Here are some of the best way to prepare properly for a bid, and ensure that 2016 is your healthiest yet!

1.   First things first, if you want a winning bid, start planning EARLY. Waiting until the ITT is released means you have lost valuable time, which will result in late nights and weekend working.

2.   Get your strategies together upfront. Start analysing before the tender is out. We know this stage as a blue team, and is an ideal way to start assessing your strategies, win themes and competitive analysis.

3.   Get your deadlines in the diary…and stick to them. Breaking up the project into chunks and putting those in set timeframes avoids a last minute rush. Also you won’t be too phased by sudden date/deadline changes if you’ve already started the work.

4.   Remember Bid Projects Involve People – And these people will be busy too. Get your team together and delegate, arrange meeting dates, and set deadlines with them.

5.   Get your tools together – Often in large bid projects we suggest having a ‘bidhub.’ One room reserved for planning, meetings and is a centre for the whole project. You also won’t believe how much investing in a big pack of coloured pens will help.

At HealthBid we have a team of strategic experts that can do all of the above for you. From creating win themes, to helping engage and motivate your team for success. It’s never too soon to call and discuss. Contact Joe Gatenby our business development manager on 07341 338 200.

Comment

Comment

Finding the right tender for you

Searching for tenders can be frustrating, and it can often seem that there is not something out there that fits your product or service.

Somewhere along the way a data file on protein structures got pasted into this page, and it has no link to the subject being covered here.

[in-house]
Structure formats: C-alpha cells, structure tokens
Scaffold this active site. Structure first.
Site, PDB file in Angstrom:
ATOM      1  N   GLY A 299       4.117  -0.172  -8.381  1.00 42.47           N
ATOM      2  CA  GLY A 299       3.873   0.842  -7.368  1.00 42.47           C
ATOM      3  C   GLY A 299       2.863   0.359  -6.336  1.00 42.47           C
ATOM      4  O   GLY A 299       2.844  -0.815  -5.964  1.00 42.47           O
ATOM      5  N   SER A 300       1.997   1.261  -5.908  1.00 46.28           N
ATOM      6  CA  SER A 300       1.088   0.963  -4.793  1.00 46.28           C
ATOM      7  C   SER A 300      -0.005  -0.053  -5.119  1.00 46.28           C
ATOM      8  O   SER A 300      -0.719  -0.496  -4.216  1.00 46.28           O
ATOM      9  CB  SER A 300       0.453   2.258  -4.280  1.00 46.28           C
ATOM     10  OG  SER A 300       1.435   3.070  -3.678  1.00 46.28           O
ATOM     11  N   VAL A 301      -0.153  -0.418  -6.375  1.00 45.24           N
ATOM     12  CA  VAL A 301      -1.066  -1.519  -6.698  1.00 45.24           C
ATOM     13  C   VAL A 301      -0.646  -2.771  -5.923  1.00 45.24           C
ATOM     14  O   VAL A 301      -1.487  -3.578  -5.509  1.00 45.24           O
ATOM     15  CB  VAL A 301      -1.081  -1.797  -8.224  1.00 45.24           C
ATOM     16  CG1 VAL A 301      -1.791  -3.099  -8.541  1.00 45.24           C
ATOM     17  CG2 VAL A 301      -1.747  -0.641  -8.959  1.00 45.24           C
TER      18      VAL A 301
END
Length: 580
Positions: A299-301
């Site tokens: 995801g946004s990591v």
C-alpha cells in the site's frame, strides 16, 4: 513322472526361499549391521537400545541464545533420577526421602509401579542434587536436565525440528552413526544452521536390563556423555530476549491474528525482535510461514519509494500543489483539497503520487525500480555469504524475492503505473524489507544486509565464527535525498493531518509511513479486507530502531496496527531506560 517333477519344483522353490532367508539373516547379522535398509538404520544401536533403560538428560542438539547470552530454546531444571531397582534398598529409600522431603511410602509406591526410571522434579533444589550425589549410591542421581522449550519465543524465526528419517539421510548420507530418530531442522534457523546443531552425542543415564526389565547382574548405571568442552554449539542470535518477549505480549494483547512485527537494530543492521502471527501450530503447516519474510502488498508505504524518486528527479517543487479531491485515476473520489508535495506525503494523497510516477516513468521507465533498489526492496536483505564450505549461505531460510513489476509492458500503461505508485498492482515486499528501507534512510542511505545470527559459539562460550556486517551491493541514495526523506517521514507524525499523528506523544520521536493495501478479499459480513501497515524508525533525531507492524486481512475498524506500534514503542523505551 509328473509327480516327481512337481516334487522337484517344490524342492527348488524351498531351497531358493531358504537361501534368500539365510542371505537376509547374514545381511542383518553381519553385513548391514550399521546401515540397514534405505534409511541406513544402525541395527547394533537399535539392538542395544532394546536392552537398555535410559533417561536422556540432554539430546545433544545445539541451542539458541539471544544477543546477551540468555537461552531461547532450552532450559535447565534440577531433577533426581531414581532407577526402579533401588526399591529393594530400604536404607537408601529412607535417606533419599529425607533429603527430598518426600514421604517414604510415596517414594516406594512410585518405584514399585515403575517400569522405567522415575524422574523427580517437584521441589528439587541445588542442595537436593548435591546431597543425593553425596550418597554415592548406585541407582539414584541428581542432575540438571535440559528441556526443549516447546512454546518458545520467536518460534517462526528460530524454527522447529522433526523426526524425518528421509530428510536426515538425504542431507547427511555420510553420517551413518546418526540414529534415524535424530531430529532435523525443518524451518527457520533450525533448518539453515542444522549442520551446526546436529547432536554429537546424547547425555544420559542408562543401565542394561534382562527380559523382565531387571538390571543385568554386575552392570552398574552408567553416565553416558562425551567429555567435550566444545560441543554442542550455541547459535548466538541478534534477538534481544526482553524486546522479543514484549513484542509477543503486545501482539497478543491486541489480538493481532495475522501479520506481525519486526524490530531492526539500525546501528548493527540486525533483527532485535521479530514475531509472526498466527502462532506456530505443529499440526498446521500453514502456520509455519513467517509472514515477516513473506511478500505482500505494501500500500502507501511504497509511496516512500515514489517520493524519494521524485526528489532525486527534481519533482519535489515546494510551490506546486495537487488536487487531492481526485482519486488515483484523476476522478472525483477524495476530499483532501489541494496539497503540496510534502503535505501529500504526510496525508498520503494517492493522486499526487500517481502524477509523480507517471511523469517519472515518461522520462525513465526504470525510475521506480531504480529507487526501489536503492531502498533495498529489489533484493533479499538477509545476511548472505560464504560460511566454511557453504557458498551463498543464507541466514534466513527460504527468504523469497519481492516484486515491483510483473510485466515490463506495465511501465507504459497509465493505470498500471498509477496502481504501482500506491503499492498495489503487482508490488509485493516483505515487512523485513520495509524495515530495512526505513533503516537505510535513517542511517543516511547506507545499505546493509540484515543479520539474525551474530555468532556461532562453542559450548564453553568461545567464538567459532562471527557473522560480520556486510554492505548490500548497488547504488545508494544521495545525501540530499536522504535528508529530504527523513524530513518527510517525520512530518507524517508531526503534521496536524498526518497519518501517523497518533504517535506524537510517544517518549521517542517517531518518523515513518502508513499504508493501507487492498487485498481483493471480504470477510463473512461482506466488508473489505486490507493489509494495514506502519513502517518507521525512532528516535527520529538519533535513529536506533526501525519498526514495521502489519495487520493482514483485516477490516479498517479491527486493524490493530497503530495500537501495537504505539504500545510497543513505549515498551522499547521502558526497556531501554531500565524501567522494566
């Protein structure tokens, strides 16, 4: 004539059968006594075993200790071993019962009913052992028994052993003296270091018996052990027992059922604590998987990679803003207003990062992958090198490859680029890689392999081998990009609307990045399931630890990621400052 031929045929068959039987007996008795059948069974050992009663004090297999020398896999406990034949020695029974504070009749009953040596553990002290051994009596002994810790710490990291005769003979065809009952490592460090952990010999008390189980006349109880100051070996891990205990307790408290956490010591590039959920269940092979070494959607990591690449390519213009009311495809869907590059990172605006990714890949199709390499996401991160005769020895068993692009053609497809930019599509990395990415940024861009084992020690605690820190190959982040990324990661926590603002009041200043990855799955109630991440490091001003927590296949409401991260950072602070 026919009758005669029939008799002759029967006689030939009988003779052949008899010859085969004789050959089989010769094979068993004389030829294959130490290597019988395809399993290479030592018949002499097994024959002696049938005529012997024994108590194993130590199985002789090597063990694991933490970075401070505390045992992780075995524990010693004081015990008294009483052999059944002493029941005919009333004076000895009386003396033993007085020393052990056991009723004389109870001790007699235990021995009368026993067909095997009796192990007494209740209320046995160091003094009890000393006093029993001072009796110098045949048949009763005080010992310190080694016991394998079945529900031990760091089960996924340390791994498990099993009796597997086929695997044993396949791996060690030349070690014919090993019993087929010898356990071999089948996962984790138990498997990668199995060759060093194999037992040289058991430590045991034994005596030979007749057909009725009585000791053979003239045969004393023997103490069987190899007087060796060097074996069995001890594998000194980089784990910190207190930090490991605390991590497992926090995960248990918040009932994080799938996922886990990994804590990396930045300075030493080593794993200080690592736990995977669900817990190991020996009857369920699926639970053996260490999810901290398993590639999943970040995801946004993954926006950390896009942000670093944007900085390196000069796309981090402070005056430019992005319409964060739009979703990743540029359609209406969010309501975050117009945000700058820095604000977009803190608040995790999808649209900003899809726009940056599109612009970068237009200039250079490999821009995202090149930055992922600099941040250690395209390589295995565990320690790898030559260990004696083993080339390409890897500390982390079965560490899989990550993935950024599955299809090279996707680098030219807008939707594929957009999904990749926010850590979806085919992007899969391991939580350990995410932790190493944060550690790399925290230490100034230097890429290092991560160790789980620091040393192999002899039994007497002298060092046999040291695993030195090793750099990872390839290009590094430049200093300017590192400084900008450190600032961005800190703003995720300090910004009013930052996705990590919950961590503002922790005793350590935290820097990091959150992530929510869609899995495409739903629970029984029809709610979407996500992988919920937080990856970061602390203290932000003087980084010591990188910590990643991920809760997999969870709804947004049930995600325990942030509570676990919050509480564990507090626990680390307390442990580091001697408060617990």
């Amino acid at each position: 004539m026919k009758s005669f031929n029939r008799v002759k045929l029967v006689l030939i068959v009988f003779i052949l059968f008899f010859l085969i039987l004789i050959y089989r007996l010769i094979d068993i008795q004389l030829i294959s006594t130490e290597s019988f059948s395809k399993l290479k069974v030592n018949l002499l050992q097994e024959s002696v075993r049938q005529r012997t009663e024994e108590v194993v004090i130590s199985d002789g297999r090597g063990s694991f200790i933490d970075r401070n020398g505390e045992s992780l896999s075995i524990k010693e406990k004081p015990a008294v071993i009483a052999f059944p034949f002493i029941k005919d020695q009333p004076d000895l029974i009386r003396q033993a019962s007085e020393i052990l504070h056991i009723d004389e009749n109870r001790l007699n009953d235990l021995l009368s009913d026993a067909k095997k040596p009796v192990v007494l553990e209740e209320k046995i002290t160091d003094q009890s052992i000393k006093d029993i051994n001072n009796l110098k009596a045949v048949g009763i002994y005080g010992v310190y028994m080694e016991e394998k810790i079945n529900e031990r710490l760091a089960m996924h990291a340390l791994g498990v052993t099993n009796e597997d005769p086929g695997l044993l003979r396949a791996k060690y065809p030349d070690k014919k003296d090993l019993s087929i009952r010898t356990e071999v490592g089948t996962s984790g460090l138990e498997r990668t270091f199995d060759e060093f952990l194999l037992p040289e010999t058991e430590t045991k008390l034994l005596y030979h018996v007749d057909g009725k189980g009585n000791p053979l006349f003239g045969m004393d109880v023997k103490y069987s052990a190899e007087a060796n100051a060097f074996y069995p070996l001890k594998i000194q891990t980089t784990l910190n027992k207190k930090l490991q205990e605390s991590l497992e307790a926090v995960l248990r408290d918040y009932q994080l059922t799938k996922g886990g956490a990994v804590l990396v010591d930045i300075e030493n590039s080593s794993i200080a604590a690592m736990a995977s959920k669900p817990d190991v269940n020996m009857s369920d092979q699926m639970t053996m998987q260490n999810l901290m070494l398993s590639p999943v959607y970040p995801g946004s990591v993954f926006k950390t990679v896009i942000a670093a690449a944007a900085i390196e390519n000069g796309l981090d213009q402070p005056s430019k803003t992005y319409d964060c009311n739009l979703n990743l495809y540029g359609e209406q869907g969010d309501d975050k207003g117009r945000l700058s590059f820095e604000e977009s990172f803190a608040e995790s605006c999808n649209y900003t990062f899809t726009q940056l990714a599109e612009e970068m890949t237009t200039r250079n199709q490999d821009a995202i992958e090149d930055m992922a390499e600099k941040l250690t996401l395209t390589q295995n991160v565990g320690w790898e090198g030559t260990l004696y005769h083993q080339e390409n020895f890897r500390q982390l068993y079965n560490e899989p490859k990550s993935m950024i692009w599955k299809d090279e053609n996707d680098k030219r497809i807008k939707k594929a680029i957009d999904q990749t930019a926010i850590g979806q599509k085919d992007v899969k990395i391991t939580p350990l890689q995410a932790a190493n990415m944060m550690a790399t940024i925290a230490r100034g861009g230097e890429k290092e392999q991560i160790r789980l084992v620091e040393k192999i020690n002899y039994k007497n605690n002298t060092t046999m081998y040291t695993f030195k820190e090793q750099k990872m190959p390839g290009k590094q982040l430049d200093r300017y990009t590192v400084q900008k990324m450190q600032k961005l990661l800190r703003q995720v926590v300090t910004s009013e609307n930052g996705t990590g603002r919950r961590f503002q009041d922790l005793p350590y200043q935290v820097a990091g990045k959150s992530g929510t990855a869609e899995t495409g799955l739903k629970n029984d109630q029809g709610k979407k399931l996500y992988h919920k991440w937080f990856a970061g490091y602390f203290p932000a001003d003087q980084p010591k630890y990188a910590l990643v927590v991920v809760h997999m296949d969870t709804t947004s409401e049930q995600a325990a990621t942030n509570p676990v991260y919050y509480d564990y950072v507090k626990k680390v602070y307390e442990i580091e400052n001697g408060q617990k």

The first step to solving this is to make sure that you are searching in the right place. Before you spend money with an expensive service that finds tenders for you, make sure you have spent some time familiarising yourself with Contracts Finder, the Government's website that aggregates opportunities. It is much improved, and the search function is pretty granular to find relevant things. 

The second step is to go back to basics on your core strengths. Instead of thinking of yourselves as creating a specific product or service, think about the problems that it solves. Link this to your research into the health sectors pressure points. For example, your transport company isn't just a provider of patient transport, it is a way of improving flow around the hospital system.

If you think about opportunities in these terms, it makes it much easier to find things to solve.

The other thing that we always advise our customers is to look for subcontracting opportunities. The NHS has a tendency to put out very big tenders, then let potential bidders work out who they would need to partner with to make them happen. Look to see who has won work in your area, and see if there are opportunities to subcontract. This can save a lot of time, and open up a much broader set of opportunities.

As always, if you want some advice and support with finding the best opportunities for your business, then drop us a line, and we can have a chat.

Comment

Comment

Answering the right question

Q: How did George Orwell's '1984' influence later writer's depiction of the future?

A: When thinking about George Orwell, it is easy to underestimate the influence of Aldous Huxley. 'A Brave New World', Huxley's depiction of a future...etc...etc

We've all done it - answered the question that we know the answer to, not the one that has actually been asked. In bid writing, it is a fatal mistake, and one that although easily avoided, is very common.